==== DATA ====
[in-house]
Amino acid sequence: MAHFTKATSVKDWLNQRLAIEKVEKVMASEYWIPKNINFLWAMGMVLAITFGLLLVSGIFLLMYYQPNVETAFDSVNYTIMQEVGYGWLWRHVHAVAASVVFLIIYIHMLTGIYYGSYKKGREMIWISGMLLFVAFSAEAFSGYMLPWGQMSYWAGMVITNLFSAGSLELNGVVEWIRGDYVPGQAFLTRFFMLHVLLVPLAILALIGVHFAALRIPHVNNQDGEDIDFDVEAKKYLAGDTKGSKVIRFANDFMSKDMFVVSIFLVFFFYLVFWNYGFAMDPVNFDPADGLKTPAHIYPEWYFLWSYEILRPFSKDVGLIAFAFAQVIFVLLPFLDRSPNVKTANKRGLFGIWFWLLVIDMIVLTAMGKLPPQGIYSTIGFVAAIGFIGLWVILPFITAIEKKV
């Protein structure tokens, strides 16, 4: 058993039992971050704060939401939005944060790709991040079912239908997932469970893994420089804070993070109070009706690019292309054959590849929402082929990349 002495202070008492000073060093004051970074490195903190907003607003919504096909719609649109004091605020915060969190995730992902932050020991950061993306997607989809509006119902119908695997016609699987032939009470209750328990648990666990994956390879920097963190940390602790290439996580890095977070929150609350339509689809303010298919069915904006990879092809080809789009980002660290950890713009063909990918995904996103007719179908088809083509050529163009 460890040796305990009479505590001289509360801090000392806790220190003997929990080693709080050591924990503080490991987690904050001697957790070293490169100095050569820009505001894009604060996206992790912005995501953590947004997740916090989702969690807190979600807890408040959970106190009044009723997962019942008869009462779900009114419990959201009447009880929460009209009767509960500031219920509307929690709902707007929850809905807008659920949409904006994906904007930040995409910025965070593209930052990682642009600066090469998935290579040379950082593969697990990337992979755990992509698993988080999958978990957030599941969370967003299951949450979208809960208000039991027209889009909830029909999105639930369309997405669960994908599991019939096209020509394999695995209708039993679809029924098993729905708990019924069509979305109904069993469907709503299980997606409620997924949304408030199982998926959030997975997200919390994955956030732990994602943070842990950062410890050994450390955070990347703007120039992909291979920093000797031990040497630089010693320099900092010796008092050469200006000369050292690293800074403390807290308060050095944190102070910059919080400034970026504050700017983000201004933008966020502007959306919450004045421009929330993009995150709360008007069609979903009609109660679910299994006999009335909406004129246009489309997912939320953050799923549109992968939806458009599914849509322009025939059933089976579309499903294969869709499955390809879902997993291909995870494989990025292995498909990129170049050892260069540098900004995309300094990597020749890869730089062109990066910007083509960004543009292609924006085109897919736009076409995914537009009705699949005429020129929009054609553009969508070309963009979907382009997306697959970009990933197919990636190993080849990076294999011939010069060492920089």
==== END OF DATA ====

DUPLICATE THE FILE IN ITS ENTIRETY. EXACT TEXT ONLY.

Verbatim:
[in-house]
Amino acid sequence: MAHFTKATSVKDWLNQRLAIEKVEKVMASEYWIPKNINFLWAMGMVLAITFGLLLVSGIFLLMYYQPNVETAFDSVNYTIMQEVGYGWLWRHVHAVAASVVFLIIYIHMLTGIYYGSYKKGREMIWISGMLLFVAFSAEAFSGYMLPWGQMSYWAGMVITNLFSAGSLELNGVVEWIRGDYVPGQAFLTRFFMLHVLLVPLAILALIGVHFAALRIPHVNNQDGEDIDFDVEAKKYLAGDTKGSKVIRFANDFMSKDMFVVSIFLVFFFYLVFWNYGFAMDPVNFDPADGLKTPAHIYPEWYFLWSYEILRPFSKDVGLIAFAFAQVIFVLLPFLDRSPNVKTANKRGLFGIWFWLLVIDMIVLTAMGKLPPQGIYSTIGFVAAIGFIGLWVILPFITAIEKKV
């Protein structure tokens, strides 16, 4: 058993039992971050704060939401939005944060790709991040079912239908997932469970893994420089804070993070109070009706690019292309054959590849929402082929990349 002495202070008492000073060093004051970074490195903190907003607003919504096909719609649109004091605020915060969190995730992902932050020991950061993306997607989809509006119902119908695997016609699987032939009470209750328990648990666990994956390879920097963190940390602790290439996580890095977070929150609350339509689809303010298919069915904006990879092809080809789009980002660290950890713009063909990918995904996103007719179908088809083509050529163009 460890040796305990009479505590001289509360801090000392806790220190003997929990080693709080050591924990503080490991987690904050001697957790070293490169100095050569820009505001894009604060996206992790912005995501953590947004997740916090989702969690807190979600807890408040959970106190009044009723997962019942008869009462779900009114419990959201009447009880929460009209009767509960500031219920509307929690709902707007929850809905807008659920949409904006994906904007930040995409910025965070593209930052990682642009600066090469998935290579040379950082593969697990990337992979755990992509698993988080999958978990957030599941969370967003299951949450979208809960208000039991027209889009909830029909999105639930369309997405669960994908599991019939096209020509394999695995209708039993679809029924098993729905708990019924069509979305109904069993469907709503299980997606409620997924949304408030199982998926959030997975997200919390994955956030732990994602943070842990950062410890050994450390955070990347703007120039992909291979920093000797031990040497630089010693320099900092010796008092050469200006000369050292690293800074403390807290308060050095944190102070910059919080400034970026504050700017983000201004933008966020502007959306919450004045421009929330993009995150709360008007069609979903009609109660679910299994006999009335909406004129246009489309997912939320953050799923549109992968939806458009599914849509322009025939059933089976579309499903294969869709499955390809879902997993291909995870494989990025292995498909990129170049050892260069540098900004995309300094990597020749890869730089062109990066910007083509960004543009292609924006085109897919736009076409995914537009009705699949005429020129929009054609553009969508070309963009979907382009997306697959970009990933197919990636190993080849990076294999011939010069060492920089």